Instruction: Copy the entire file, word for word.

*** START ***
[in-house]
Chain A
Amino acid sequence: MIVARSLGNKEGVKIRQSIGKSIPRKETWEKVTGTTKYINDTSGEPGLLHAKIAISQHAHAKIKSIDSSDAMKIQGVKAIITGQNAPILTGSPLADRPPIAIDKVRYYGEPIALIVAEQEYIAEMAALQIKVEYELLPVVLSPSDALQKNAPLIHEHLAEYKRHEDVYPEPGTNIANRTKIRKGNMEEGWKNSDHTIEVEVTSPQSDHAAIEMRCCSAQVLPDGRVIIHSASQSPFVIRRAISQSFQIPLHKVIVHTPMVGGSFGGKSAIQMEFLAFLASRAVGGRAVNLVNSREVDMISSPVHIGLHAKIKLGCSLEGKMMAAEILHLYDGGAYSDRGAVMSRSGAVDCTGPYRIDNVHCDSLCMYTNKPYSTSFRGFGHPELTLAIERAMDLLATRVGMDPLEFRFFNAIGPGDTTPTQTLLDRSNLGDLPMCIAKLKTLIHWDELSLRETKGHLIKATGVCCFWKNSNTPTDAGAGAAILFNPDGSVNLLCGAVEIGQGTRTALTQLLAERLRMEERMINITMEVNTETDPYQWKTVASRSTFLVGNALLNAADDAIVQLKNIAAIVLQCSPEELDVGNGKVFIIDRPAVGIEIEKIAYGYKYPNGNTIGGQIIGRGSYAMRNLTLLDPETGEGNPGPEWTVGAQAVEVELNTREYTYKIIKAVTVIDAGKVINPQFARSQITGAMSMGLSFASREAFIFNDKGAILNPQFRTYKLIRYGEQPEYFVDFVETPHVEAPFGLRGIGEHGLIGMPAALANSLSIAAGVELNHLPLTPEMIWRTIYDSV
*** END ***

[in-house]
Chain A
Amino acid sequence: MIVARSLGNKEGVKIRQSIGKSIPRKETWEKVTGTTKYINDTSGEPGLLHAKIAISQHAHAKIKSIDSSDAMKIQGVKAIITGQNAPILTGSPLADRPPIAIDKVRYYGEPIALIVAEQEYIAEMAALQIKVEYELLPVVLSPSDALQKNAPLIHEHLAEYKRHEDVYPEPGTNIANRTKIRKGNMEEGWKNSDHTIEVEVTSPQSDHAAIEMRCCSAQVLPDGRVIIHSASQSPFVIRRAISQSFQIPLHKVIVHTPMVGGSFGGKSAIQMEFLAFLASRAVGGRAVNLVNSREVDMISSPVHIGLHAKIKLGCSLEGKMMAAEILHLYDGGAYSDRGAVMSRSGAVDCTGPYRIDNVHCDSLCMYTNKPYSTSFRGFGHPELTLAIERAMDLLATRVGMDPLEFRFFNAIGPGDTTPTQTLLDRSNLGDLPMCIAKLKTLIHWDELSLRETKGHLIKATGVCCFWKNSNTPTDAGAGAAILFNPDGSVNLLCGAVEIGQGTRTALTQLLAERLRMEERMINITMEVNTETDPYQWKTVASRSTFLVGNALLNAADDAIVQLKNIAAIVLQCSPEELDVGNGKVFIIDRPAVGIEIEKIAYGYKYPNGNTIGGQIIGRGSYAMRNLTLLDPETGEGNPGPEWTVGAQAVEVELNTREYTYKIIKAVTVIDAGKVINPQFARSQITGAMSMGLSFASREAFIFNDKGAILNPQFRTYKLIRYGEQPEYFVDFVETPHVEAPFGLRGIGEHGLIGMPAALANSLSIAAGVELNHLPLTPEMIWRTIYDSV